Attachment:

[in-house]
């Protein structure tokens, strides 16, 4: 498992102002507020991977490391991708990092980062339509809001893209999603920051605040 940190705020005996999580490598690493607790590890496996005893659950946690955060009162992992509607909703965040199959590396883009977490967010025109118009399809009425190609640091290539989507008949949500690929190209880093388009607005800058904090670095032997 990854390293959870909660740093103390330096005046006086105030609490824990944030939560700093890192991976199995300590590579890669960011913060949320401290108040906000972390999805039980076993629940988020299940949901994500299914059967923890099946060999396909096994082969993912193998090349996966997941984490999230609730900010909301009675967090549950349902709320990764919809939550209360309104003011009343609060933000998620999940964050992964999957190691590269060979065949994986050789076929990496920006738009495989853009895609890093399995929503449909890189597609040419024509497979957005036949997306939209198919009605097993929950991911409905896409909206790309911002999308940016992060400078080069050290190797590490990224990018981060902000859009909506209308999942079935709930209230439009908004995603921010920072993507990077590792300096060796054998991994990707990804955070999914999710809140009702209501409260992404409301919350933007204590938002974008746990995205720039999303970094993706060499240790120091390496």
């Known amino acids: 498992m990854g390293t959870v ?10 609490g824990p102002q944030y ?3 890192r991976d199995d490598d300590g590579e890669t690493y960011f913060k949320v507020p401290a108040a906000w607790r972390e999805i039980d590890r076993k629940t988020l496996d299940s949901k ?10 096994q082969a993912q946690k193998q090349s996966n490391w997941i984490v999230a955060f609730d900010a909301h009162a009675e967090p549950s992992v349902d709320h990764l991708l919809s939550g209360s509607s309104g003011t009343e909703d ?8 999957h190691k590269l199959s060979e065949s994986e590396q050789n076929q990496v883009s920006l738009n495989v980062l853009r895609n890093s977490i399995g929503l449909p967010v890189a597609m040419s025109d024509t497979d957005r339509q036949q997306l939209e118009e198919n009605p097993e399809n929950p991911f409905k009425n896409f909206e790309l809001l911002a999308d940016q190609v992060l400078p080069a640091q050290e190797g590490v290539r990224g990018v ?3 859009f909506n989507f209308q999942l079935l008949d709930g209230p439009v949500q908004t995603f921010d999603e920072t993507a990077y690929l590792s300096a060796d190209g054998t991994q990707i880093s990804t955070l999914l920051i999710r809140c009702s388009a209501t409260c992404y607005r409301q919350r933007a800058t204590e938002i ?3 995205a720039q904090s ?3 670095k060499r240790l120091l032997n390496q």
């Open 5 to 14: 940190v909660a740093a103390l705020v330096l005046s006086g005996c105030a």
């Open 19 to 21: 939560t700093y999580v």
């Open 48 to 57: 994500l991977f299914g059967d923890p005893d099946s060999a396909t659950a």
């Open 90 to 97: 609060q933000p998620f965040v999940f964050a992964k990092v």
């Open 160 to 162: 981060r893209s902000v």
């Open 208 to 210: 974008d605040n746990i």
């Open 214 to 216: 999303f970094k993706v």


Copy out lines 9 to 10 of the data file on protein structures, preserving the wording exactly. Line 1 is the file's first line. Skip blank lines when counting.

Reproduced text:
């Open 208 to 210: 974008d605040n746990i």
């Open 214 to 216: 999303f970094k993706v």